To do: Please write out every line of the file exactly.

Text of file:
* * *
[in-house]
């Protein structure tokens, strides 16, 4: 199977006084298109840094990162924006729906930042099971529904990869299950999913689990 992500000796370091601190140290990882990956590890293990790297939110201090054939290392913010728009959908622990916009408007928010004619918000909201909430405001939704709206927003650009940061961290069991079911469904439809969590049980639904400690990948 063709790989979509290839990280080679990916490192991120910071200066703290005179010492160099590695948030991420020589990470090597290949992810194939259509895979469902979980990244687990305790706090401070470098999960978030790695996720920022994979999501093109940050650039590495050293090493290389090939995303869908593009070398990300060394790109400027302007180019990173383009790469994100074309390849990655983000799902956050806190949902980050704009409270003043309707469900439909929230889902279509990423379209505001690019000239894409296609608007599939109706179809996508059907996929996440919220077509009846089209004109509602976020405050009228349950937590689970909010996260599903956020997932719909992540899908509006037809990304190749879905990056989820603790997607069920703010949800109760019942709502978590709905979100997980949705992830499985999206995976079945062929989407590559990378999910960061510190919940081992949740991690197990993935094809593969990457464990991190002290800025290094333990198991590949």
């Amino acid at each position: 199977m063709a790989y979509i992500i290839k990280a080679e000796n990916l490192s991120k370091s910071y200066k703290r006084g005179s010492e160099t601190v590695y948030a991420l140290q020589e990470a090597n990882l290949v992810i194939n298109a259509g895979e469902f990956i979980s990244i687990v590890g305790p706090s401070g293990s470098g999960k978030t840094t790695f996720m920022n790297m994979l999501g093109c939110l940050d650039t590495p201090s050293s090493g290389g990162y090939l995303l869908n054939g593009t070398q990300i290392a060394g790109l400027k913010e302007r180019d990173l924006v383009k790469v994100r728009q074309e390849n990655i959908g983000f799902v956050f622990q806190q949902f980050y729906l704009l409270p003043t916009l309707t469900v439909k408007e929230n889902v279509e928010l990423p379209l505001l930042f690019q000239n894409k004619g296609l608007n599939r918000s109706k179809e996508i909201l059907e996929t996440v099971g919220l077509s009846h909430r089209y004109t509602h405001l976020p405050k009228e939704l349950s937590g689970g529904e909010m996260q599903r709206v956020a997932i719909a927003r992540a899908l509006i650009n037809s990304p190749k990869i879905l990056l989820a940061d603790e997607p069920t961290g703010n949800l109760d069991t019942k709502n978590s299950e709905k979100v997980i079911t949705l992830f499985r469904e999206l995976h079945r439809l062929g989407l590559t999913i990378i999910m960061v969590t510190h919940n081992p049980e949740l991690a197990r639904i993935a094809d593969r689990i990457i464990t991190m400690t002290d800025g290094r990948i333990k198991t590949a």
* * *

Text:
[in-house]
């Protein structure tokens, strides 16, 4: 199977006084298109840094990162924006729906930042099971529904990869299950999913689990 992500000796370091601190140290990882990956590890293990790297939110201090054939290392913010728009959908622990916009408007928010004619918000909201909430405001939704709206927003650009940061961290069991079911469904439809969590049980639904400690990948 063709790989979509290839990280080679990916490192991120910071200066703290005179010492160099590695948030991420020589990470090597290949992810194939259509895979469902979980990244687990305790706090401070470098999960978030790695996720920022994979999501093109940050650039590495050293090493290389090939995303869908593009070398990300060394790109400027302007180019990173383009790469994100074309390849990655983000799902956050806190949902980050704009409270003043309707469900439909929230889902279509990423379209505001690019000239894409296609608007599939109706179809996508059907996929996440919220077509009846089209004109509602976020405050009228349950937590689970909010996260599903956020997932719909992540899908509006037809990304190749879905990056989820603790997607069920703010949800109760019942709502978590709905979100997980949705992830499985999206995976079945062929989407590559990378999910960061510190919940081992949740991690197990993935094809593969990457464990991190002290800025290094333990198991590949």
């Amino acid at each position: 199977m063709a790989y979509i992500i290839k990280a080679e000796n990916l490192s991120k370091s910071y200066k703290r006084g005179s010492e160099t601190v590695y948030a991420l140290q020589e990470a090597n990882l290949v992810i194939n298109a259509g895979e469902f990956i979980s990244i687990v590890g305790p706090s401070g293990s470098g999960k978030t840094t790695f996720m920022n790297m994979l999501g093109c939110l940050d650039t590495p201090s050293s090493g290389g990162y090939l995303l869908n054939g593009t070398q990300i290392a060394g790109l400027k913010e302007r180019d990173l924006v383009k790469v994100r728009q074309e390849n990655i959908g983000f799902v956050f622990q806190q949902f980050y729906l704009l409270p003043t916009l309707t469900v439909k408007e929230n889902v279509e928010l990423p379209l505001l930042f690019q000239n894409k004619g296609l608007n599939r918000s109706k179809e996508i909201l059907e996929t996440v099971g919220l077509s009846h909430r089209y004109t509602h405001l976020p405050k009228e939704l349950s937590g689970g529904e909010m996260q599903r709206v956020a997932i719909a927003r992540a899908l509006i650009n037809s990304p190749k990869i879905l990056l989820a940061d603790e997607p069920t961290g703010n949800l109760d069991t019942k709502n978590s299950e709905k979100v997980i079911t949705l992830f499985r469904e999206l995976h079945r439809l062929g989407l590559t999913i990378i999910m960061v969590t510190h919940n081992p049980e949740l991690a197990r639904i993935a094809d593969r689990i990457i464990t991190m400690t002290d800025g290094r990948i333990k198991t590949a």